After a grueling Alpha release that left everyone a little battle scarred from shipping on time, I started to reflect on my past experience in technology and recalling why I'm a Designer. This led me to give a quick virtual pep talk to the team to show appreciation for all the hardwork and remind everyone who we do this for. The following is an edited transcript (to protect the innocent)...
Ten years ago I was in so much pain from developing "dotcom" products that I clearly knew were awesome ideas delivered in a horrible fashion that I decided to make a change in my career (I was a UI Engineer at the time). My education in art helped me have deep empathy for the importance of aesthetics but even more important, for the power of the "message" conveyed to the observer. I read this book called "The Elements of User Experience" written by Jesse James Garrett (dude that coined the term "Ajax"). After reading a million books and articles on this "design movement" I decided to clarify something that kept bugging me, so I emailed the author never expecting a response (see screenshots). He was nice enough to respond with a short reply, but it was his short concise response that made it "click".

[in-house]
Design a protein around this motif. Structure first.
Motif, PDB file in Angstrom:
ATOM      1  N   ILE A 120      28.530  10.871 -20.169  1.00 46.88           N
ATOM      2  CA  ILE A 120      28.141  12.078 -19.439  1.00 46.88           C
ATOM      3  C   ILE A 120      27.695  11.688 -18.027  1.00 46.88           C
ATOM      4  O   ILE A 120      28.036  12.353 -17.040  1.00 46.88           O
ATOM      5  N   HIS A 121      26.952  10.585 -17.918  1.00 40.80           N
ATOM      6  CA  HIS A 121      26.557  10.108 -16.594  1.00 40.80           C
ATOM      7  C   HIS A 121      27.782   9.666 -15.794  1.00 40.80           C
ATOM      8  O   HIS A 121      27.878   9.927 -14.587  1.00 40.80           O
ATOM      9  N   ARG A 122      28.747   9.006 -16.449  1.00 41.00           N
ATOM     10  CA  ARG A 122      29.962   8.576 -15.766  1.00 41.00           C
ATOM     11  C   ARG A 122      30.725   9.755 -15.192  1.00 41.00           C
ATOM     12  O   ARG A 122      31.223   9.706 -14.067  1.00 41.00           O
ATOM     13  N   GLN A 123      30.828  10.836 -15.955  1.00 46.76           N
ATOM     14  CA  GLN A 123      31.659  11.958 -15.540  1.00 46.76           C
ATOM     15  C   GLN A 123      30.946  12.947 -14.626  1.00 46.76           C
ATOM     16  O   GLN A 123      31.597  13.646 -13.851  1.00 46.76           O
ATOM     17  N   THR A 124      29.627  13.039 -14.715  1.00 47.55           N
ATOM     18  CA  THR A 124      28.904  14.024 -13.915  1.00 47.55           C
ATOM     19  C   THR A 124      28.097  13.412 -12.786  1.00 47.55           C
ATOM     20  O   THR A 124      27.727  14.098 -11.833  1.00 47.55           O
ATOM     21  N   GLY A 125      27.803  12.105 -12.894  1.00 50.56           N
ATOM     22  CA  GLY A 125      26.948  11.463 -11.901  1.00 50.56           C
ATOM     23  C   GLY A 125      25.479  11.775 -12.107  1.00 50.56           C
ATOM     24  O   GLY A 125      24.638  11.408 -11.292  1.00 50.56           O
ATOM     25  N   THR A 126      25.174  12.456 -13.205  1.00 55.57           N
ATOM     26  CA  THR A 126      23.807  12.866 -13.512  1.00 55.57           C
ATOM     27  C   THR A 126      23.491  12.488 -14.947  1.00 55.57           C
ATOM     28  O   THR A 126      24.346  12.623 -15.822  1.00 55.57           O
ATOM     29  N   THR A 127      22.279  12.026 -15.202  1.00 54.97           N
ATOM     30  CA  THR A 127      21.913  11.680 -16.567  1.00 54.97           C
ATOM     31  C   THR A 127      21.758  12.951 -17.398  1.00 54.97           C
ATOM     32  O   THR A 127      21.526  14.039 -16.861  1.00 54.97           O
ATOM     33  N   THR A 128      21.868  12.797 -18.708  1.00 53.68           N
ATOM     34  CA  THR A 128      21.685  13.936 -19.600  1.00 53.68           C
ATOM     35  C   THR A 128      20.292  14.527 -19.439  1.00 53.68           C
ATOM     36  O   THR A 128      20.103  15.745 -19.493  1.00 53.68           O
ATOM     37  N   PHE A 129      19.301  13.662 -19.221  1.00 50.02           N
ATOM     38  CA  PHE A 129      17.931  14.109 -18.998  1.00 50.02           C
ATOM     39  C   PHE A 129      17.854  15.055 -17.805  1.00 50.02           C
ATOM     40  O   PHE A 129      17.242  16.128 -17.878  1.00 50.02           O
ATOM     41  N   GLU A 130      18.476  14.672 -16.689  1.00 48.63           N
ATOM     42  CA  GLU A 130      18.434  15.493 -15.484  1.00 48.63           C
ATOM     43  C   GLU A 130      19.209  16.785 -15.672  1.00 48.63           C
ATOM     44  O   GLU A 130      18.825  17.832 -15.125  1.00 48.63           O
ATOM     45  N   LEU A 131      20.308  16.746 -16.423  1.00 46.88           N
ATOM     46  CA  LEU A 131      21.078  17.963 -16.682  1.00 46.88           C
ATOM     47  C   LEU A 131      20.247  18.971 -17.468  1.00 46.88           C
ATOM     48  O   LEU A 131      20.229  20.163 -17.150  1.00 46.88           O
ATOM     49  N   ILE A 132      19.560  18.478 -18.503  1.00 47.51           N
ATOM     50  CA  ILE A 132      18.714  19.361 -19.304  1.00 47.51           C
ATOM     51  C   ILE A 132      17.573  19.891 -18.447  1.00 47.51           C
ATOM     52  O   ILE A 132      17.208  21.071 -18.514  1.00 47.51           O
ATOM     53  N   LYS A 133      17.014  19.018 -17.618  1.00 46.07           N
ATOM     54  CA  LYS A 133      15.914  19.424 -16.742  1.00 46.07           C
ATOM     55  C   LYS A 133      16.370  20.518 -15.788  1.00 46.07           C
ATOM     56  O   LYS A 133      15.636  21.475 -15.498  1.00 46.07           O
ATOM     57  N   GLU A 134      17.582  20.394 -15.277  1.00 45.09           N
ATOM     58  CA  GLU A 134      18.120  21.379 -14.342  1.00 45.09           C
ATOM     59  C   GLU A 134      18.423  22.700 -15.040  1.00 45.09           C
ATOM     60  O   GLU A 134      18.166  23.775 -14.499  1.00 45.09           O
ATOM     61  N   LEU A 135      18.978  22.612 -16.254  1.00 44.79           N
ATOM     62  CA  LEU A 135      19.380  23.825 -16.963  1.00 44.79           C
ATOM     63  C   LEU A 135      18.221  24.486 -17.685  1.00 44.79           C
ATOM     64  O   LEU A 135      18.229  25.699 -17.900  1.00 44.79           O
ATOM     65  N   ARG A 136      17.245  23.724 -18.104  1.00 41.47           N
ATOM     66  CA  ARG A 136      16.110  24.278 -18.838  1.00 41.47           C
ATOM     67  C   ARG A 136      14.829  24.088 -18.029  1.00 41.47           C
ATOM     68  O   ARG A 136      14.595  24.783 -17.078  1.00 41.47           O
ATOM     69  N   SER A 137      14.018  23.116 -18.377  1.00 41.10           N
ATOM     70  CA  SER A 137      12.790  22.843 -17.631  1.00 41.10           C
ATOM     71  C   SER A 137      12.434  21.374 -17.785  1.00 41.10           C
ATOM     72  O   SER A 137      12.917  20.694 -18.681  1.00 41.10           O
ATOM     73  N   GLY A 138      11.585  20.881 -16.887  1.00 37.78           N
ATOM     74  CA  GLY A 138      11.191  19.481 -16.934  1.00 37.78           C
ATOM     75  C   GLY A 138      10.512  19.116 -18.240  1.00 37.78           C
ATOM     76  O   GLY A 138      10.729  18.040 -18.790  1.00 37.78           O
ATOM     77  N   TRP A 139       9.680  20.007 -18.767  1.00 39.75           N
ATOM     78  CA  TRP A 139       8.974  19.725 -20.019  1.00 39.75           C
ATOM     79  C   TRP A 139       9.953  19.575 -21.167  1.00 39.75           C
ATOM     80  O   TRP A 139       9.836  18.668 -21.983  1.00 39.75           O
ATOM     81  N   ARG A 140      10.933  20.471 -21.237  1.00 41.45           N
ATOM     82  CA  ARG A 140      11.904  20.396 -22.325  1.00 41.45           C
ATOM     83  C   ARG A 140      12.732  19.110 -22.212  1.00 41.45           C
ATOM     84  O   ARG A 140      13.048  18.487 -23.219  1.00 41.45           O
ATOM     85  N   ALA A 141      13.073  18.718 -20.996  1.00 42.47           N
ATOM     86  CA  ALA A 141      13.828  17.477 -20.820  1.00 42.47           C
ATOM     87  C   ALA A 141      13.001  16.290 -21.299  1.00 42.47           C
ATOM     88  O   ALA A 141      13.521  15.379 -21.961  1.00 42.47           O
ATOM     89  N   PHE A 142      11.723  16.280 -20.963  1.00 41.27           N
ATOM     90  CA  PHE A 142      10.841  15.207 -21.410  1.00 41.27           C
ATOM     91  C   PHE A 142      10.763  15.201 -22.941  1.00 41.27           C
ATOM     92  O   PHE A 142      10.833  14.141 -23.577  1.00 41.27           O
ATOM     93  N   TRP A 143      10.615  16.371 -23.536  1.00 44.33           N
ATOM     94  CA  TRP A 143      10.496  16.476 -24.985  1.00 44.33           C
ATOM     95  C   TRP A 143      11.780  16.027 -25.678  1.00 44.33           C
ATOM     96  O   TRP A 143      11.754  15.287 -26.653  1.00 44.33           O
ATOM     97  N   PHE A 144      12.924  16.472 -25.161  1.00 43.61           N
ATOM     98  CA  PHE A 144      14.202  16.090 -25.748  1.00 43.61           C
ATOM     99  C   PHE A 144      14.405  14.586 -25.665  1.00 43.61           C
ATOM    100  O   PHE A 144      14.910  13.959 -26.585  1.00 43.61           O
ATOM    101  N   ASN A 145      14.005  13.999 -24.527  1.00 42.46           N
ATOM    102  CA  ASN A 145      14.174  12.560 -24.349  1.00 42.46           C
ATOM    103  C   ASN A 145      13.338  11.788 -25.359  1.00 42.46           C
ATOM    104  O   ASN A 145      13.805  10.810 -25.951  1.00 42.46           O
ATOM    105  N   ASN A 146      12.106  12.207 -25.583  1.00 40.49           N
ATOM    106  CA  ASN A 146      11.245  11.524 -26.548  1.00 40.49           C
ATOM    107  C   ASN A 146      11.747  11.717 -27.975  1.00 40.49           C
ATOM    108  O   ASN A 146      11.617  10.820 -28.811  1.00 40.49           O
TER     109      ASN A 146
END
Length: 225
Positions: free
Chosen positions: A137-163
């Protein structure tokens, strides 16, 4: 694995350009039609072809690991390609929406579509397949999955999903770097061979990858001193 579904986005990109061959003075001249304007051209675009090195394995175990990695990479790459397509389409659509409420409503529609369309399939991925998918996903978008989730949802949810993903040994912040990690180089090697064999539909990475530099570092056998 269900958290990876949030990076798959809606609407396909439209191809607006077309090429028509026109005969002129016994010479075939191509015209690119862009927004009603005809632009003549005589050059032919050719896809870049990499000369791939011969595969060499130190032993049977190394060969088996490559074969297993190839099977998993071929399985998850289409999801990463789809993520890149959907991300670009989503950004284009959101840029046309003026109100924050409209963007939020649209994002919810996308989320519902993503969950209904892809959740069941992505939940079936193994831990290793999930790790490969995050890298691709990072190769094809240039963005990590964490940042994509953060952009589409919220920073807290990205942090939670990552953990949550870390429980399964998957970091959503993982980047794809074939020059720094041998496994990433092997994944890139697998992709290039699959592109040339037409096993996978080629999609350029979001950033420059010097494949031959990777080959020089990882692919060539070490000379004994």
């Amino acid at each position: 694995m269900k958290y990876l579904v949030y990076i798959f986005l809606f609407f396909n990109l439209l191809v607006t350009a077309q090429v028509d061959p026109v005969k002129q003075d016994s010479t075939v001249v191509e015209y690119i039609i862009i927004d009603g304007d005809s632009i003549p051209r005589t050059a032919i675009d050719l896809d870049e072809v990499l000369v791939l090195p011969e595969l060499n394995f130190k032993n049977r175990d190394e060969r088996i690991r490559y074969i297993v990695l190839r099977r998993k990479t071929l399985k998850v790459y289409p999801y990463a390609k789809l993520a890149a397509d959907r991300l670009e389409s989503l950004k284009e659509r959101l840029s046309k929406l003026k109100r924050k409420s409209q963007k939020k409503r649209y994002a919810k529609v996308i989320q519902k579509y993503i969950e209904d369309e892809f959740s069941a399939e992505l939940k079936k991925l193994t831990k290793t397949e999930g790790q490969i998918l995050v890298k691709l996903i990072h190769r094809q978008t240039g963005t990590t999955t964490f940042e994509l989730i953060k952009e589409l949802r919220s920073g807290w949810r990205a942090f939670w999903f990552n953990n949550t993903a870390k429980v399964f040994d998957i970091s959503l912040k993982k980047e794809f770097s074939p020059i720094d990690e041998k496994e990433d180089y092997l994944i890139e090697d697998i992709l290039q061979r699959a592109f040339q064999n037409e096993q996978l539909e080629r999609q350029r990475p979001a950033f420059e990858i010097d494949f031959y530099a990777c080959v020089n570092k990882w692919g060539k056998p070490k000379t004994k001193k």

I realized that the structural areas of the experience (how to build it) doesn't resolve the process of answering what to build and even more important why to build it or who to build it for! Elements where simply how to stack the cake (ingredients, etc). It's not responsible for defining who or what the cake was for. I spent tons of time with startups making chocolate cake for customers that hated chocolate and at best where 'meh' about it. The irony was that I wanted to switch careers but I was still stuck in a "bakers" mode. Since then, I have spent a career delivering products that I am proud of simply because I realized that I need to spend less time designing and more time asking questions.
Take the time to focus on answering who, why and what kind of cake your customers want (need). Quite honestly designing the cake is the easier part, but having the patience, trust, and support from everyone to answer the million questions we need to ask before we put 'batter to bowl' (or mouse to screen), is critical to the result.
Pat Yourself on The Back
I'm extremely impressed by this UX team from leadership to designers! The balance the designers need to "sprint" from customer needs to engineers waiting for something to bake can be maddening! I've been in many design teams, and we have something special here. This is a very long way of thanking the Designers and UI Devs in the thick of helping us take the "Experience" to the next level. Internally, we most definitely need to eat our own dogfood, but our customers should only eat delicious cake :).